donor - Steph Thompson - Brine Leas teacher - stem cell transplant

A Nantwich woman dealt a devastating blow when a life-threatening condition returned, has been told a donor has been found.

Overjoyed Brine Leas teacher Steph Thompson has just received the best possible news as she prepares for another battle against Acute Myeloid Leukaemia (AML).

“It’s great,” said the 34-year-old.

“I feel really lucky. It was someone who was already registered so that’s why it’s happened so quickly.

“I have a common genotype apparently.. the donor is a 29-year-old who is in the UK.

“That’s all I know and think all I’ll get to know.”

Just two months ago, Steph was left reeling when doctors told her she had suffered an AML relapse.

It left her needing a Stem Cell Transplant, sparking a desperate search around the globe to find a registered match donor.

Although a donor has been found, there are still risks that it may not work, and she is desperate to raise awareness and increase the number of donors registered.

Steph Thompson - AML, stem cell transplant
Steph Thompson

Her journey began back in June 2018 with what she thought was just a throat infection.

Doctors were more concerned after initial check ups – and soon after she was diagnosed with AML.

It was rare in someone as young and fit as Steph. The condition is normally more prevalent in people aged over 65.

“I play hockey every week for Crewe Vagrants, I go running, I’m a healthy person.

“But it doesn’t matter – I was just unlucky,” she said.

Steph, mum to five-year-old Freddie, endured months of chemotherapy and went into remission in January 2019.

“I went for regular blood tests over the next two years to check everything was ok, and then I volunteered for a trial for bone marrow samples to be taken,” she said.

“It was in January when the last sample was being taken for the trial that my AML markers were higher.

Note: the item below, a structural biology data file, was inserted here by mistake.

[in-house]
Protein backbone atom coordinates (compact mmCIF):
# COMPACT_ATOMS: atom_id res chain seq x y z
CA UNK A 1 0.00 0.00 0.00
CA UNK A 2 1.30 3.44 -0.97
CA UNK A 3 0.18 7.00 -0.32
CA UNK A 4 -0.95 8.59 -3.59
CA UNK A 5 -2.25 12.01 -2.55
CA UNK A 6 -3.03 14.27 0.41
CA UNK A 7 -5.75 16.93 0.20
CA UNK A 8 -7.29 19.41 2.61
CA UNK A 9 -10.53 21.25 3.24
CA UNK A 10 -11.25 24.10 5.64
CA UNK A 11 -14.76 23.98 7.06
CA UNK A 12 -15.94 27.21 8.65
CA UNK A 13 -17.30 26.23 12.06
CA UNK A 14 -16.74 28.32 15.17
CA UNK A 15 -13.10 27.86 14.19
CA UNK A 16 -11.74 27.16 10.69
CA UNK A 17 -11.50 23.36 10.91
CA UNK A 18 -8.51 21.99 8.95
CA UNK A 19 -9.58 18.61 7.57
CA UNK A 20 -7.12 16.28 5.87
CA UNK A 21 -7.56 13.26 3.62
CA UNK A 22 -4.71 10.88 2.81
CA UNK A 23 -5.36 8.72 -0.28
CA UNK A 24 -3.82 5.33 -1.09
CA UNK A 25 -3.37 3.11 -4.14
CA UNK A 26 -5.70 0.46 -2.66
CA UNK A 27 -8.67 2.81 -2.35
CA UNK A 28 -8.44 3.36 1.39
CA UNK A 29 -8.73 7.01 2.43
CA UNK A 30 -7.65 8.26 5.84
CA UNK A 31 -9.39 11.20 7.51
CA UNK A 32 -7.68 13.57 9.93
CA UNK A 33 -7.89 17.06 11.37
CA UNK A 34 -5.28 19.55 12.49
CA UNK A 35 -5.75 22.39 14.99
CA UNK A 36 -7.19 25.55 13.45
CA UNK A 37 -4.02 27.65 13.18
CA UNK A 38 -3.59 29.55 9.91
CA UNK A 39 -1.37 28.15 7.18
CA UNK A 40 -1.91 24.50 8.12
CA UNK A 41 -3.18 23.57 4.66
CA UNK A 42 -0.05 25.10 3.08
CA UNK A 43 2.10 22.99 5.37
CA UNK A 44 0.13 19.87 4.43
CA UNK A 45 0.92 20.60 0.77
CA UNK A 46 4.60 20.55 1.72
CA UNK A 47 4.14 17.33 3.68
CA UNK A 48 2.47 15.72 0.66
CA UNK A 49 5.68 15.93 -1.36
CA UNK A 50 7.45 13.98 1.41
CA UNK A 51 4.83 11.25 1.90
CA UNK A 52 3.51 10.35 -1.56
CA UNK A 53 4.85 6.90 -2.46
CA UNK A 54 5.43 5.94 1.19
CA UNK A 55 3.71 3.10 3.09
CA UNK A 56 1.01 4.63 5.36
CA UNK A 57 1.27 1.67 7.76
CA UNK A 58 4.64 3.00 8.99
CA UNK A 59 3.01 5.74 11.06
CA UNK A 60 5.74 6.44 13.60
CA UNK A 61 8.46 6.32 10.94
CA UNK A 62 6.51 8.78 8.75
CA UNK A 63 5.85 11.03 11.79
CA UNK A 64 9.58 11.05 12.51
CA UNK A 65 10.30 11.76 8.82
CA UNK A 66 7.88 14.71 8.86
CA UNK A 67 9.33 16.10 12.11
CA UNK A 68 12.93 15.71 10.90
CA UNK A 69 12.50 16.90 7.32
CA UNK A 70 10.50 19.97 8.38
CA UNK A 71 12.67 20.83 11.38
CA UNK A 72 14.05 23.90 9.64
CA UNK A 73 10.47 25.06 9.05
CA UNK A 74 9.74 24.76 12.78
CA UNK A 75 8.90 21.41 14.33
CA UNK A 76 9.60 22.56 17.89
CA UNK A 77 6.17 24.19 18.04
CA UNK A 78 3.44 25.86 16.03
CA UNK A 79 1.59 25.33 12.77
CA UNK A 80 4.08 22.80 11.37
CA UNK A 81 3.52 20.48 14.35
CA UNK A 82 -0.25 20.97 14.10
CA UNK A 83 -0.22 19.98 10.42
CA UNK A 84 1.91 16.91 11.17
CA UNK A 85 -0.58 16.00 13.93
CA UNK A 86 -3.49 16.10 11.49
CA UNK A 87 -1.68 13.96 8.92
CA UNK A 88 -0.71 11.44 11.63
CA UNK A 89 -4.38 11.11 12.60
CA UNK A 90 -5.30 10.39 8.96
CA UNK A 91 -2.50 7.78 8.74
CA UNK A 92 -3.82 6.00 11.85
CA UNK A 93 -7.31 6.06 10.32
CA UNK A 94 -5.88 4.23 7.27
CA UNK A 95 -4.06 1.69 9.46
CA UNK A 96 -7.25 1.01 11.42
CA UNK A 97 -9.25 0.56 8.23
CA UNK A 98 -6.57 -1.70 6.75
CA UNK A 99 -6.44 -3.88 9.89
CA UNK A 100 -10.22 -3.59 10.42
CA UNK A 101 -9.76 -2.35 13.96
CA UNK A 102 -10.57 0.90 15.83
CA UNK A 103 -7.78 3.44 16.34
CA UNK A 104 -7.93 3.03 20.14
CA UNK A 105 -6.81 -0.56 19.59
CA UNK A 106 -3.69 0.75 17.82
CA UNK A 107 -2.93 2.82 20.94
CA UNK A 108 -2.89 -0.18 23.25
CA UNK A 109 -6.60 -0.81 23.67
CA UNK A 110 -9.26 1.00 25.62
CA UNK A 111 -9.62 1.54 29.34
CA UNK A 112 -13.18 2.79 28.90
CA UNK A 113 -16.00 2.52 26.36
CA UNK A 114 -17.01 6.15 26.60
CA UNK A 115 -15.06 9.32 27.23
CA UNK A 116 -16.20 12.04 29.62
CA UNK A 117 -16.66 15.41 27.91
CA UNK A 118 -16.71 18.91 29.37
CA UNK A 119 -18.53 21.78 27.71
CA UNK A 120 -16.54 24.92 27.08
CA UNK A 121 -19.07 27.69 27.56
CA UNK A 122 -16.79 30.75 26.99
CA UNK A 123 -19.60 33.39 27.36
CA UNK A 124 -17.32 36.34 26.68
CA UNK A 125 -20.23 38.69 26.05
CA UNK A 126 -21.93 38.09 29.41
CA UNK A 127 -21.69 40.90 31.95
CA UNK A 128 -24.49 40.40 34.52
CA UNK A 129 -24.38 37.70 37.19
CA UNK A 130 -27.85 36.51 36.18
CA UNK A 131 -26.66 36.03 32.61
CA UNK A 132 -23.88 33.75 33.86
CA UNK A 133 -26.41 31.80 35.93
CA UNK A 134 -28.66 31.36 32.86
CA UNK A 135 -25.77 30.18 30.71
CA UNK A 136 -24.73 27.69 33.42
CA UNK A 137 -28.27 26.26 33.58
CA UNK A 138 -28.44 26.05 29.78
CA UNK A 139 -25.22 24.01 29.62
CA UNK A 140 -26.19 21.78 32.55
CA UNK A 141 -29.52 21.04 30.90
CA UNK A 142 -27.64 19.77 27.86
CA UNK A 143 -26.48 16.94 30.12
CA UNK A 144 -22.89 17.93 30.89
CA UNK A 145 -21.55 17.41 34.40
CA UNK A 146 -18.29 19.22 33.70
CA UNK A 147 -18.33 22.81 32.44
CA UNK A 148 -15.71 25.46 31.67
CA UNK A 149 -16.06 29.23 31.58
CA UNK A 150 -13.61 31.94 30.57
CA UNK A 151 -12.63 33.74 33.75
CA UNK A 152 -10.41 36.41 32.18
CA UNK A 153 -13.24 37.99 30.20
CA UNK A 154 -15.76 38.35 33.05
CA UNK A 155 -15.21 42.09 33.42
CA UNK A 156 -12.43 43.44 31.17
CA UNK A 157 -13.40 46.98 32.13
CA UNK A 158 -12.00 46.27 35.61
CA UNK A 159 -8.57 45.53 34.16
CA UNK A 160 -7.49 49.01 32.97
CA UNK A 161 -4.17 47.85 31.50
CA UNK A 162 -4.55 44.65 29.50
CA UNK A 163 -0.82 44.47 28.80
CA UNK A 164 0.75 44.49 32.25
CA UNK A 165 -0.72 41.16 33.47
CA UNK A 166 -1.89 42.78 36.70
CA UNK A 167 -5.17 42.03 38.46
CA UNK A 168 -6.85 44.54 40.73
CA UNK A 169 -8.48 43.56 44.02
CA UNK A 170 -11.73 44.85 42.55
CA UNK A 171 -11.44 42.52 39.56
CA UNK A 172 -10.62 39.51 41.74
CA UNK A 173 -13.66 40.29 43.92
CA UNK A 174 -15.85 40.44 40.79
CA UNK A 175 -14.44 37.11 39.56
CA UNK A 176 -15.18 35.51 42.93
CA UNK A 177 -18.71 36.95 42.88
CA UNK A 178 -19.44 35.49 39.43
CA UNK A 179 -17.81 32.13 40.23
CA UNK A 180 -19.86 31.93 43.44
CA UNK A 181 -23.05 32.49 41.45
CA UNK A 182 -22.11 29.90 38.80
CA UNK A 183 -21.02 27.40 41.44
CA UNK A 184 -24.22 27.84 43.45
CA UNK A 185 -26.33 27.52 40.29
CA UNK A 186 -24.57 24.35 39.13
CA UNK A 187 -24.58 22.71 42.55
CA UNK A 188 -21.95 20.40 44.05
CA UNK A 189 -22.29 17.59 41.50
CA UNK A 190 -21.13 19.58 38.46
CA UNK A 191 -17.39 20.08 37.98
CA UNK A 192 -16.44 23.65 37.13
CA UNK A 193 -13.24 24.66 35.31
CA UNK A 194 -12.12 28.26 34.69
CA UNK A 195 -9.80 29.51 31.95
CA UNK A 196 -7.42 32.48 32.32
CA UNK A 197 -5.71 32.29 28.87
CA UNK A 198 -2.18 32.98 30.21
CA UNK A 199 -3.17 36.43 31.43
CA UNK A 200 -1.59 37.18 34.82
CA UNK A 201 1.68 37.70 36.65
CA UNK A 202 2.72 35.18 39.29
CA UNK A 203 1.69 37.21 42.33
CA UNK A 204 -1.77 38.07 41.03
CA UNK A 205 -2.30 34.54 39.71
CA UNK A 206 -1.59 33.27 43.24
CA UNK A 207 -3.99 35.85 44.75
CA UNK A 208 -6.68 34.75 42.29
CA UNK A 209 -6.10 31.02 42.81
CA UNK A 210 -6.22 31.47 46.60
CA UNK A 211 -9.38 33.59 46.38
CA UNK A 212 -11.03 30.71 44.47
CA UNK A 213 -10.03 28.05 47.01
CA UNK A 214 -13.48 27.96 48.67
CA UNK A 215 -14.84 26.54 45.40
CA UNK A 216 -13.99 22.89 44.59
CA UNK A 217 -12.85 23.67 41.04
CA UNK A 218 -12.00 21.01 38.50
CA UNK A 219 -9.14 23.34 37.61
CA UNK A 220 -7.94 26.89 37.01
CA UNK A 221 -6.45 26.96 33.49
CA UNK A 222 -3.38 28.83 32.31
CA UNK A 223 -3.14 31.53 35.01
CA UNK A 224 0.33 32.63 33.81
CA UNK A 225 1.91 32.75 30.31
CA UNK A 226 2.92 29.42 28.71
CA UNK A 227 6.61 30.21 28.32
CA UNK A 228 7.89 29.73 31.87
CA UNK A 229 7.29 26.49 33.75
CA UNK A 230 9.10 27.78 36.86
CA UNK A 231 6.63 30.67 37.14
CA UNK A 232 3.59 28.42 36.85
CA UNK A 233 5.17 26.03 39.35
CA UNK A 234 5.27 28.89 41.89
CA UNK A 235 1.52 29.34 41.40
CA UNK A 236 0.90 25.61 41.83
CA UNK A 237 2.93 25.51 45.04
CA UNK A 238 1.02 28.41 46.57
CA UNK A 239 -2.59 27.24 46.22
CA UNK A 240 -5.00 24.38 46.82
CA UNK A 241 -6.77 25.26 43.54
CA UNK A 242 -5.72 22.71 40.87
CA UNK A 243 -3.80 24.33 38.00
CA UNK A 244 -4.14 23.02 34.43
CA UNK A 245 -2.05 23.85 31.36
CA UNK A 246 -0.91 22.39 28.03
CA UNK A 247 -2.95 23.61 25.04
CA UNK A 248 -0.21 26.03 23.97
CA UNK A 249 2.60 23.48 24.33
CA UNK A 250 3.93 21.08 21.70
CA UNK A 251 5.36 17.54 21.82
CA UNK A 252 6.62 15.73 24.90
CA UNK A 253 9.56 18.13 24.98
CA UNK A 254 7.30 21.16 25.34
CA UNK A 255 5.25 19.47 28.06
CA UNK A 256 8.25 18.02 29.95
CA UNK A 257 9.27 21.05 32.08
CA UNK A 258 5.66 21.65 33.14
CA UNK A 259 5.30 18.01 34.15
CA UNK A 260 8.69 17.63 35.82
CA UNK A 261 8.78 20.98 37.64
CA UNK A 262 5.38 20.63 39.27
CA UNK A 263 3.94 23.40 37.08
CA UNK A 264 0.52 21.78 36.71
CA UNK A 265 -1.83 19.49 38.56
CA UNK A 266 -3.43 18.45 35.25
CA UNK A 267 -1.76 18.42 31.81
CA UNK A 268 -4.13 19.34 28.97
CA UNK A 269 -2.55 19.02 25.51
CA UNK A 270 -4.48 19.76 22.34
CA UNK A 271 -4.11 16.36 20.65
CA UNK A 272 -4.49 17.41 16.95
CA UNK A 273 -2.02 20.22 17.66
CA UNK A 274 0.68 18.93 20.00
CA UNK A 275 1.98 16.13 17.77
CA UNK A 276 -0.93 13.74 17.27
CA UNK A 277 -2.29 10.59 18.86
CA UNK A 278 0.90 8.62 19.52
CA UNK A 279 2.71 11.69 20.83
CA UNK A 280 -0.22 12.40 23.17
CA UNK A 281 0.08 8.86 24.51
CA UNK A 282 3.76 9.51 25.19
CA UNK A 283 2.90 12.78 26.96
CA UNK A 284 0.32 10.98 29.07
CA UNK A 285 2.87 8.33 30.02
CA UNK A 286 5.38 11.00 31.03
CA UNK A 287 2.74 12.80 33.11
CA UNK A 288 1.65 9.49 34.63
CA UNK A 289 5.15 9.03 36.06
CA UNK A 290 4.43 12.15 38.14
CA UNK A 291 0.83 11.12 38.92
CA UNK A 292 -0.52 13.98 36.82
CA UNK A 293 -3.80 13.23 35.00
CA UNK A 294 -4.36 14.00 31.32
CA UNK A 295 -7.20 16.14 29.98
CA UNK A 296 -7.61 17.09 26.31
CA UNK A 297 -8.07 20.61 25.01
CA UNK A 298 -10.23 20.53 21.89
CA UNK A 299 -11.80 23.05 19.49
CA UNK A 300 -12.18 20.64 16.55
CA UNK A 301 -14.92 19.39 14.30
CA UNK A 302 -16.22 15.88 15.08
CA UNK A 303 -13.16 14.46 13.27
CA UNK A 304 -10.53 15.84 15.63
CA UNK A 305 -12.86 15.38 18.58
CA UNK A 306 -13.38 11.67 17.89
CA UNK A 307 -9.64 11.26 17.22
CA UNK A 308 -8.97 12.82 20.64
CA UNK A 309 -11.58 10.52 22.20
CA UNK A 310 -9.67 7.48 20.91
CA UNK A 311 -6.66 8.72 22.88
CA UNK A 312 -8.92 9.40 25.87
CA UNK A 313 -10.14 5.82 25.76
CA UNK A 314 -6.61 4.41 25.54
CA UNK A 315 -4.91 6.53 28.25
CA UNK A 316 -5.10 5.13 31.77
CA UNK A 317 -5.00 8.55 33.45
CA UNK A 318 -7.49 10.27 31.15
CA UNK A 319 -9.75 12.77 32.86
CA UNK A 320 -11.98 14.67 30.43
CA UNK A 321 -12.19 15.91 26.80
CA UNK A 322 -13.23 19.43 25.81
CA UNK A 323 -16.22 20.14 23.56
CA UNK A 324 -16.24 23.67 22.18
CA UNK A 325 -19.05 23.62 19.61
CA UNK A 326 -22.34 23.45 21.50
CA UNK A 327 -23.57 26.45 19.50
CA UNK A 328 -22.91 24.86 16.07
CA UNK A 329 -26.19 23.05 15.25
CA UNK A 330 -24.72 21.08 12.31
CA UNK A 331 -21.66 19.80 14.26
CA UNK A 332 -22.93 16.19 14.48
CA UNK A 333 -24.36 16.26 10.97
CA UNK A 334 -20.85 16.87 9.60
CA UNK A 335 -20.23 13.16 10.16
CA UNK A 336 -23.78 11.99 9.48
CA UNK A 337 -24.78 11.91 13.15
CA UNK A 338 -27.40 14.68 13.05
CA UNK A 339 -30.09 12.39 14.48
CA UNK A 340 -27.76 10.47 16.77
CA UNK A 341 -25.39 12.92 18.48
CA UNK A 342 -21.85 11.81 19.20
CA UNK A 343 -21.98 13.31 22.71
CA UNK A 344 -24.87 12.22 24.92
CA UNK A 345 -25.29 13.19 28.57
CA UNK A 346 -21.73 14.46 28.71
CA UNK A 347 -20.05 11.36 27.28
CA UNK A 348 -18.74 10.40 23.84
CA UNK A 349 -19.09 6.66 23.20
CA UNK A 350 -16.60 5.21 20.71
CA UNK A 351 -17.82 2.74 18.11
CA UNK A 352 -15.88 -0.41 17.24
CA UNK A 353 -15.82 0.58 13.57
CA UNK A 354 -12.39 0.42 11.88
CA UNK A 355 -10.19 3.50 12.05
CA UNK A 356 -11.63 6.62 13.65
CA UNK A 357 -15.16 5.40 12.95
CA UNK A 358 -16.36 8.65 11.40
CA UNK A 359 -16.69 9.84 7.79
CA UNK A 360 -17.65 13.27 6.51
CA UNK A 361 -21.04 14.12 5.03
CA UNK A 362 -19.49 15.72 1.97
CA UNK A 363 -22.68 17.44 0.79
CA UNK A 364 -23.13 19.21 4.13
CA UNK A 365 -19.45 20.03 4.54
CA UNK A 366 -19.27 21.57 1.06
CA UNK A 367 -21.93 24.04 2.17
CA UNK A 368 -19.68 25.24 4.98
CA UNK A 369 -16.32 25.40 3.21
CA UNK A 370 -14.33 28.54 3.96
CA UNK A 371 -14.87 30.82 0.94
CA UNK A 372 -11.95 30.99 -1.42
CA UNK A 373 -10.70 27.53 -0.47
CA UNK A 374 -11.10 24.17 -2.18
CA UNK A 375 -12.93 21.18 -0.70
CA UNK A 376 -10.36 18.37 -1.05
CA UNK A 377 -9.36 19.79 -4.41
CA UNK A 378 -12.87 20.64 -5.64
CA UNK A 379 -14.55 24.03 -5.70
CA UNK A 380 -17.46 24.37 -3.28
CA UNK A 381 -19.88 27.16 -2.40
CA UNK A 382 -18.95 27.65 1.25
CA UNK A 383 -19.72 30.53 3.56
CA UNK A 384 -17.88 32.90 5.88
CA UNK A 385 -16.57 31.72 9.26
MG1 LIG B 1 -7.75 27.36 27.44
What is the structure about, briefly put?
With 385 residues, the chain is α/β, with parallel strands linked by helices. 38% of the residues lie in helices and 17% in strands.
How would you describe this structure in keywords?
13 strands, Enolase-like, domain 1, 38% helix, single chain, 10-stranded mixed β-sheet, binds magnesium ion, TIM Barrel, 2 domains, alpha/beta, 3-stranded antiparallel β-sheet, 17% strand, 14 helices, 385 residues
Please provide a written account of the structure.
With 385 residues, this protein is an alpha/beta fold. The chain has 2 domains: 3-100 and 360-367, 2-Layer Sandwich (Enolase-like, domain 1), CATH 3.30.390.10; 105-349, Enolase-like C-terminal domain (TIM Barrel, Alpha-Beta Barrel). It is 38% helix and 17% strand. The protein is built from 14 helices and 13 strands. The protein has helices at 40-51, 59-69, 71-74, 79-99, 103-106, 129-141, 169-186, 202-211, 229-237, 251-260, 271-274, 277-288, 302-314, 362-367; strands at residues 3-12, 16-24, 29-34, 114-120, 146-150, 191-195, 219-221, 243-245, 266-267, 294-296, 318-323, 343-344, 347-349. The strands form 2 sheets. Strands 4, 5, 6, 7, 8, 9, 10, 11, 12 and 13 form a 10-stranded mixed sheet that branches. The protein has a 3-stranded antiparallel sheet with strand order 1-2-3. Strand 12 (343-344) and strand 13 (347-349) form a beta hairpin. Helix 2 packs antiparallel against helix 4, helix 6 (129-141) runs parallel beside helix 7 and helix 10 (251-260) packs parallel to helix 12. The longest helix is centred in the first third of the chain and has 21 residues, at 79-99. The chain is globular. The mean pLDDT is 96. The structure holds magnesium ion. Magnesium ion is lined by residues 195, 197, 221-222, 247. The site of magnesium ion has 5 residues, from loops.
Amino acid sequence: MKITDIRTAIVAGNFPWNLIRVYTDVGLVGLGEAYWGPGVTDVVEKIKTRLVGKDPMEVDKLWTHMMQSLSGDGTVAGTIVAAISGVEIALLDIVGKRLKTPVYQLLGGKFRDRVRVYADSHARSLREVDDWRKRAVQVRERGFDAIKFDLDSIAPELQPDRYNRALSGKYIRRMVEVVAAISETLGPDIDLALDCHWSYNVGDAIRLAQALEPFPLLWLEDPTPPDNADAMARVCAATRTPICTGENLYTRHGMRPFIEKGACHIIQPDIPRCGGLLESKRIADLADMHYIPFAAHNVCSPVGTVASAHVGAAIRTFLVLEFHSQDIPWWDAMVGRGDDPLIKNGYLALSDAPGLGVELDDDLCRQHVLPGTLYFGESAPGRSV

“I’d relapsed. It was out of the blue.

“I felt fine, and it’s been caught early. But it meant I needed a transplant.”

It started a worldwide search for a match donor.

Steph Thompson with husband James and son Freddie
Steph with husband James and son Freddie

And with only 2% of the population registered as bone marrow donors, Steph knew there was a chance one would not be found.

“People are just not aware of it. People give blood all the time, but many don’t realise you can also donate stem cells on be on the register,” she said.

“It only takes two or three hours to take blood, extract the cells.

“The more people we can get on the donor register, the more lives we can save.”

Steph has been shielding since January due to Covid, and has been supported by Brine Leas School where she works as a Maths teacher.

She now faces an intense programme of radiation and chemotherapy to get her AML markers down as far as possible before a transplant.

And although a match looks to have been found, Steph knows things can still go wrong.

“First time I had it I didn’t really have time to think about it. This time it has been more difficult, it’s the unknown.”

She was also badly affected when a close friend Dave Newton, a former police officer suffering with AML, contracted Covid and died in January.

“He was such a lovely chap, and this is why I want to urge people to join the donor register,” she added.

German-based charity DKMS is the largest register of donors, and anyone aged 17 to 55 can register to increase the number of potential matches.

The Anthony Nolan Trust also holds a register of donors for people aged 16 to 30.

“Maybe by speaking out more people will register – and maybe then there is a match for someone else who needs a donor to stay alive,” added Steph.

“That’s my main aim.

“And if I get a match and a transplant – I would love to meet the person who could save my life.”

To find out more, visit DKMS and Anthony Nolan Trust online.

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